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Will next iPod be a phone?

Posted: 16 Aug 2005 ?? ?Print Version ?Bookmark and Share

Keywords:ipod? cellphone? integration? mp3? dsp?

Everybody agrees that MP3 technology is going to be around for a while due to its success and growth. The question is: in what form factor? Will it remain an independent device, generating millions of dollars for apple and other OEMs? Or will cellphones swallow the MP3 functionality in the same way they swallowed the "just for fun"-use digital camera, leaving little room for standalone MP3 players? Other than the business consequences for MP3 manufacturers, what are the technical hurdles?

In March, the CTIA Wireless conference tried to clarify the road map of where the cellular market was going. It was clear that by next year, cellphones will try to do even more than they can today, including delivering music. Consequently, and as early as 2006, independent MP3 device manufacturers (led today by Apple) might be forced to think differently.

The MP3 integration argument centers on three issues: power consumption (and its counterpart, battery size); overall form factor; and the fact that MP3 players, and Apple iPods specifically, are a marketing phenomenon. People love their iPods too much to replace them with phones. This leads to eager anticipation about Apple's co-development in cellphones.

Several phones already support MP3 playback capabilities, including the Motorola MPx 200, Nokia 6630 and Siemens Sx1. Still, an MP3-capable cellphone is limited in the number of songs that can be stored. However, specific alliances between handset manufacturers and MP3 vendors may address that issue. Motorola has joined forces with Apple and Nokia is working with Loudeye Inc., while Microsoft MSN Music has teamed up with Qualcomm Inc. These coalitions will help the transition to new cellphones with a focus on digital audio playback.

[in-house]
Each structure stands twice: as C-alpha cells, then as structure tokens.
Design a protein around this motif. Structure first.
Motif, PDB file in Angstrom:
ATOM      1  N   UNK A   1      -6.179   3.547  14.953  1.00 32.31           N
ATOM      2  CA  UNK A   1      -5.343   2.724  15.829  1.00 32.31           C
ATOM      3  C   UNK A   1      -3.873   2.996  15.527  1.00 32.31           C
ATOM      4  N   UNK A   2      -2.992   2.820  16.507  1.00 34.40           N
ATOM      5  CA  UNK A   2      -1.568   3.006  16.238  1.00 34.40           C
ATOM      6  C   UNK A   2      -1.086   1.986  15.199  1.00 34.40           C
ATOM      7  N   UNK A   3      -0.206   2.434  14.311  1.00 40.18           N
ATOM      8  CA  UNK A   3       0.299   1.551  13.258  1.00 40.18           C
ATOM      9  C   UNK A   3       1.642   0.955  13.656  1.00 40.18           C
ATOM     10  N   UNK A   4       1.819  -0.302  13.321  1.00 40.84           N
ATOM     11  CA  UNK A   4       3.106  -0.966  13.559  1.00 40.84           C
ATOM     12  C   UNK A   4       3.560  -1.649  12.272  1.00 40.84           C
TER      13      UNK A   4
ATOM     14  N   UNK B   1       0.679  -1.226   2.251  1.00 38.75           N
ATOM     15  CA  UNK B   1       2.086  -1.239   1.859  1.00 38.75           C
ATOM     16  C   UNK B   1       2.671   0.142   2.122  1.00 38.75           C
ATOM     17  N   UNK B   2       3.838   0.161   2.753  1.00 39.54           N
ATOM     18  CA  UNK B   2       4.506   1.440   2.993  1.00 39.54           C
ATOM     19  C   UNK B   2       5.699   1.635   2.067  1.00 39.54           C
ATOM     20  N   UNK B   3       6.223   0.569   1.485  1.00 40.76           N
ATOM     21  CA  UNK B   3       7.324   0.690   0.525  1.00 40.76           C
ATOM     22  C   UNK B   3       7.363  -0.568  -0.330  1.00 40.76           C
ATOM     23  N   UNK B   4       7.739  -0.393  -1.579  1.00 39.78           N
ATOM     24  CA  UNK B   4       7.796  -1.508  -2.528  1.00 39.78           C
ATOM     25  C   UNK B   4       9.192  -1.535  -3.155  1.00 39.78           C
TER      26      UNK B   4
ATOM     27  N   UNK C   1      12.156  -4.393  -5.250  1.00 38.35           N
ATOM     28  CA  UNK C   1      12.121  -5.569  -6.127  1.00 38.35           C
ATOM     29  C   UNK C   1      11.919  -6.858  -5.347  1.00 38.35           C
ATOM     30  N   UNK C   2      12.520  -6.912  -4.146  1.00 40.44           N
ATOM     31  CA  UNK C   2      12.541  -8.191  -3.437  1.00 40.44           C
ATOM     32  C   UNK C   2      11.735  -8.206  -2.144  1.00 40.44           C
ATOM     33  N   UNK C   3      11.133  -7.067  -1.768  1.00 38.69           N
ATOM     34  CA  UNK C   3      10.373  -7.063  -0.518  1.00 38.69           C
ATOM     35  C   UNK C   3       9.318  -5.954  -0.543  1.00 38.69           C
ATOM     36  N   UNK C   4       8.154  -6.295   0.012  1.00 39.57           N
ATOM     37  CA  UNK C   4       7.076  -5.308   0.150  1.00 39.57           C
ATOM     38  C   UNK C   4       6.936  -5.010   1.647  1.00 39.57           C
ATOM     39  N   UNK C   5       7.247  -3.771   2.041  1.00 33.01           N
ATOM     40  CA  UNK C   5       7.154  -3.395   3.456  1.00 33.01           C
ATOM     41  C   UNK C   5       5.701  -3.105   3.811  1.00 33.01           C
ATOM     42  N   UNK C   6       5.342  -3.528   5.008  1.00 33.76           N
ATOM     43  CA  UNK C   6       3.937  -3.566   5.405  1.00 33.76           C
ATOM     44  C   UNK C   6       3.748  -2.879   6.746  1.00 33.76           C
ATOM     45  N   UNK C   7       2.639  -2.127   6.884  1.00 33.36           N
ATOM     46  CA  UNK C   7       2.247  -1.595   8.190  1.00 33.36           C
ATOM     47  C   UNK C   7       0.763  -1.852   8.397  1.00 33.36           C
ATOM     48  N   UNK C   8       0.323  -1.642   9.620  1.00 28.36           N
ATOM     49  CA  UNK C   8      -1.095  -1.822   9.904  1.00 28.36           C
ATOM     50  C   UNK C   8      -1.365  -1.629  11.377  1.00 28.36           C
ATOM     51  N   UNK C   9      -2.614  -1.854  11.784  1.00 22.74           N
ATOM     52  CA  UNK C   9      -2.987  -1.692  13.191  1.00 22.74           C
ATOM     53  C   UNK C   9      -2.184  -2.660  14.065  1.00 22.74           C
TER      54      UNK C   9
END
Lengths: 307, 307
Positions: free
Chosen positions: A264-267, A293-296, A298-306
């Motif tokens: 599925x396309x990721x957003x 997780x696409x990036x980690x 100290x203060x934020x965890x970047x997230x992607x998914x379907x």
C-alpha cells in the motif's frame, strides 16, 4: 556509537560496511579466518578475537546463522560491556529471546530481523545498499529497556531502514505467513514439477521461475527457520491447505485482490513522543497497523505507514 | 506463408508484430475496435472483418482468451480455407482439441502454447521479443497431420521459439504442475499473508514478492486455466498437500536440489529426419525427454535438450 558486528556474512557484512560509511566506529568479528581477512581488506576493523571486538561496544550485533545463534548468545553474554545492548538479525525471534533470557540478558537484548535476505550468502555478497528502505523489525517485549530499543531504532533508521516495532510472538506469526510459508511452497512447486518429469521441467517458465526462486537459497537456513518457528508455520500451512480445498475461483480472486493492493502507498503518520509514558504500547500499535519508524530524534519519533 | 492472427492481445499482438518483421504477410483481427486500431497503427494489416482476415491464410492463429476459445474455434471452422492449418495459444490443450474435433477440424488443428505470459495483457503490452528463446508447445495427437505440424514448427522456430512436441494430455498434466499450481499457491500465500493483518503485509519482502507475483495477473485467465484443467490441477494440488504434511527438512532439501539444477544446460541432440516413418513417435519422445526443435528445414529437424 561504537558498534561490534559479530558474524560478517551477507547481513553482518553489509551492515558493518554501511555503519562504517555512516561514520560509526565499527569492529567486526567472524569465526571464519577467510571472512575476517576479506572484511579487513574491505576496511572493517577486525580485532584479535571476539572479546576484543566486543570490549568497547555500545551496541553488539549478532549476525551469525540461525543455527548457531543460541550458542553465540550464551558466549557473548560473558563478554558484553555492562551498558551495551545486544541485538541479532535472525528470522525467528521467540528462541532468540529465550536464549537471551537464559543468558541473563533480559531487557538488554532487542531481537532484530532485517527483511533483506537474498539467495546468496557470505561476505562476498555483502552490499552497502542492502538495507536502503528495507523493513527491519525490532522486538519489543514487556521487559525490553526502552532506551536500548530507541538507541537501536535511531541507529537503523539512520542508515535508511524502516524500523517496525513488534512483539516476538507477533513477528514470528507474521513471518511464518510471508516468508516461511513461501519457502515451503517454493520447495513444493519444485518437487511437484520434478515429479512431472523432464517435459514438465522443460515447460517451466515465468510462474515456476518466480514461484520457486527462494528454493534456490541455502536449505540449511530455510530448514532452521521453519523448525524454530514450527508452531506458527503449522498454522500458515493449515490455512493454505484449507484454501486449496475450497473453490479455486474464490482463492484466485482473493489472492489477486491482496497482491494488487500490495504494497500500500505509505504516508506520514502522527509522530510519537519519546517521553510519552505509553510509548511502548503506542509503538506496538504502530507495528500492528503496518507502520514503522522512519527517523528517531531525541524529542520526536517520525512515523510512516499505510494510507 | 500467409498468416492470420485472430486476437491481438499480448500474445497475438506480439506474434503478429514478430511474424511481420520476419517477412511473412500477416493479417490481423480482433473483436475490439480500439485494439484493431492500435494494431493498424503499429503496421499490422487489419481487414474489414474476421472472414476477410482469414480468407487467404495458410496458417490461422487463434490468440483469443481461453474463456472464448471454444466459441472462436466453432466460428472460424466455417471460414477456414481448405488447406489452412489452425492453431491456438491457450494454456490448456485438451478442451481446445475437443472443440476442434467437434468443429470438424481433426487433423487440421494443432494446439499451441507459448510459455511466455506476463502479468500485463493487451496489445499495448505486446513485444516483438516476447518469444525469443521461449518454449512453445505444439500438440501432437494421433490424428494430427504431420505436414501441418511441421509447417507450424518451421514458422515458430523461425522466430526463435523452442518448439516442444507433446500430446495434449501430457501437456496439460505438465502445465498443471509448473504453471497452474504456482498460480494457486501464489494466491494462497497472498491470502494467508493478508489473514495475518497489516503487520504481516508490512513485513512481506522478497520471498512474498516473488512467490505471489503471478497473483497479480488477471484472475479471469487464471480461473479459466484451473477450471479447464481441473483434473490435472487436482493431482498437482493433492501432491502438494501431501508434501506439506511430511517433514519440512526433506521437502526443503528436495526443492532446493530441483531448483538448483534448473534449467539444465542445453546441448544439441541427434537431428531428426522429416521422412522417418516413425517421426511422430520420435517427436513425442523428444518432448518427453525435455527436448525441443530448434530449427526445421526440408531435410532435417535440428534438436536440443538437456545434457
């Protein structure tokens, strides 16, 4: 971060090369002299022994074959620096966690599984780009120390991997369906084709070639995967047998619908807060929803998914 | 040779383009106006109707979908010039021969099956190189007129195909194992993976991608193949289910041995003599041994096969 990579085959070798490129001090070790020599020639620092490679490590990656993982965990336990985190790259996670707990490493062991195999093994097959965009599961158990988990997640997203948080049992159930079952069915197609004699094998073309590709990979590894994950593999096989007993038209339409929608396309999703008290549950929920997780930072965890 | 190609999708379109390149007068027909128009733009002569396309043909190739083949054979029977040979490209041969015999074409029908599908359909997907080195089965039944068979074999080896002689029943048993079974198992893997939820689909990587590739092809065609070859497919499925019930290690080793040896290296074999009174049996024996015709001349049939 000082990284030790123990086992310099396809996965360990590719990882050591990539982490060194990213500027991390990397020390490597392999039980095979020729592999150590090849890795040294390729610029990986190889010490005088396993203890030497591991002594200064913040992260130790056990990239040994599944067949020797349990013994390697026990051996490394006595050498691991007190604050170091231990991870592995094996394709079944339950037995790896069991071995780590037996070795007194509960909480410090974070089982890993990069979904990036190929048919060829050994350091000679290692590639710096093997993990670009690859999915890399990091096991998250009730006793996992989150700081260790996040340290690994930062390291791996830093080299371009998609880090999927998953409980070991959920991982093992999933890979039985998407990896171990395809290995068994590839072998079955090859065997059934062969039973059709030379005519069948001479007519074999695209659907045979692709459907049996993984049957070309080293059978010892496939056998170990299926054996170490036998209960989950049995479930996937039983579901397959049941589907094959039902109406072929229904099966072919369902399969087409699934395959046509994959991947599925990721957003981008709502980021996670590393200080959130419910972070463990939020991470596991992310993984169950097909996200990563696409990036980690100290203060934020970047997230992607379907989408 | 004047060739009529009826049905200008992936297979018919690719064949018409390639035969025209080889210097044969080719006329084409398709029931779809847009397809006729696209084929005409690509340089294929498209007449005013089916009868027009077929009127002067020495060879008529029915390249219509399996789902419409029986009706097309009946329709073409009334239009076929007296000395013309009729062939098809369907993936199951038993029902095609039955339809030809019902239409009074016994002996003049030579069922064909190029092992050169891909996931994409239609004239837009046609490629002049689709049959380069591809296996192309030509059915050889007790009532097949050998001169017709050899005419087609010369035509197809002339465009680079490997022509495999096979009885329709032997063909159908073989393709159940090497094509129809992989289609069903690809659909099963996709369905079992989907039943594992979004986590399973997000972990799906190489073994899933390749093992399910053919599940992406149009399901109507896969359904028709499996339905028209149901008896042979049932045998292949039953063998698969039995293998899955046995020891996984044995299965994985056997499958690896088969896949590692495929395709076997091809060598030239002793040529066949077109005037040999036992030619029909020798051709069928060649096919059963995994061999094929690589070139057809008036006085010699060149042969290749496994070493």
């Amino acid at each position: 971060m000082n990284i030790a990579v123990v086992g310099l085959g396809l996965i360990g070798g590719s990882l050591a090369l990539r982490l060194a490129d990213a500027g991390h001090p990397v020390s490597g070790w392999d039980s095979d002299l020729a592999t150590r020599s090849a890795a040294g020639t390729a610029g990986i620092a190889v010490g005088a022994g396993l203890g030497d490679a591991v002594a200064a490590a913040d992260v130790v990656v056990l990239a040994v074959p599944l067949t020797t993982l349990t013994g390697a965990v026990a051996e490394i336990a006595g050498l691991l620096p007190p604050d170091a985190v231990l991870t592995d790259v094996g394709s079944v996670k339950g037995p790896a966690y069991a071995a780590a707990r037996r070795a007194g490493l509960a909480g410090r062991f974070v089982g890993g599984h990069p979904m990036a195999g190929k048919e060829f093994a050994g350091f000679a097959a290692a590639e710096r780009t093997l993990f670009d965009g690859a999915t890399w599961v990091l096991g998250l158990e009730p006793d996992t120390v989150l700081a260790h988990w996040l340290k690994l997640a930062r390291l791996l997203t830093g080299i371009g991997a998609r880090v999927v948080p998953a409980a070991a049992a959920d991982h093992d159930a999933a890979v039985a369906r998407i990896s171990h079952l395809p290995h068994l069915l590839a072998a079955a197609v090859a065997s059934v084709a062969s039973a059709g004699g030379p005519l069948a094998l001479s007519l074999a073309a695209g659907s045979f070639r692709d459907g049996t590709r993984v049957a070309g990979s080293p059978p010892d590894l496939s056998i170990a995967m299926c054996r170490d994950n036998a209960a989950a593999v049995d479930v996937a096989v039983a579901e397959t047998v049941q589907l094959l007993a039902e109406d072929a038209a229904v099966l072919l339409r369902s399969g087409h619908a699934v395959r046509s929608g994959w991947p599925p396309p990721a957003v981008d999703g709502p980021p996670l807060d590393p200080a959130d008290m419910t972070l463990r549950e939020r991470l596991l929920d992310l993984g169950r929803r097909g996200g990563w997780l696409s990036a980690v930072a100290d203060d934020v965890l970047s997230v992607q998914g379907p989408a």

Technical hurdles

Three technologies will have to be further developed to move MP3 capabilities into a cellphone. First, storage capacity needs to be increasedwithin a smaller form factor. There is currently a trade-off between using flash memory technology and microdrives. Flash memory devices are inexpensive, small and consume little power. However, they have limited storage capacity. Although 1GB devices are now readily available, this is still not enough for mass-data storage. Microdrives are great for mass storage, capable of exceeding 40GB. But the power consumption and size are relatively high compared to the rest of the mobile phone. Drives are also made from fragile moving components. That said, the Samsung SPH V5400 includes a microdrive with a 1.5GB capacity.

Power consumption, as mentioned, is a strong limiting factor for converged devices. A third technology that must be further developed is music content downloading via service providers. This would allow customers to access songs without having to be connected to a computer. It would require a cheap, fast solution. To this end, HSDPA, EV-DO and other technologies either are being designed now or are in trials.

Application processors provide one way for OEMs to reduce the overall bill-of-materials and the power consumption of the system. Such devices from companies like Texas Instruments Inc. or Qualcomm are different from those of an MP3 encoder/decoder such as that offered by SigmaTel Inc. Both types are highly focused, but the difference in usage models is pushing implementation of a different set of features to efficiently support the application, with a significant impact on power consumption.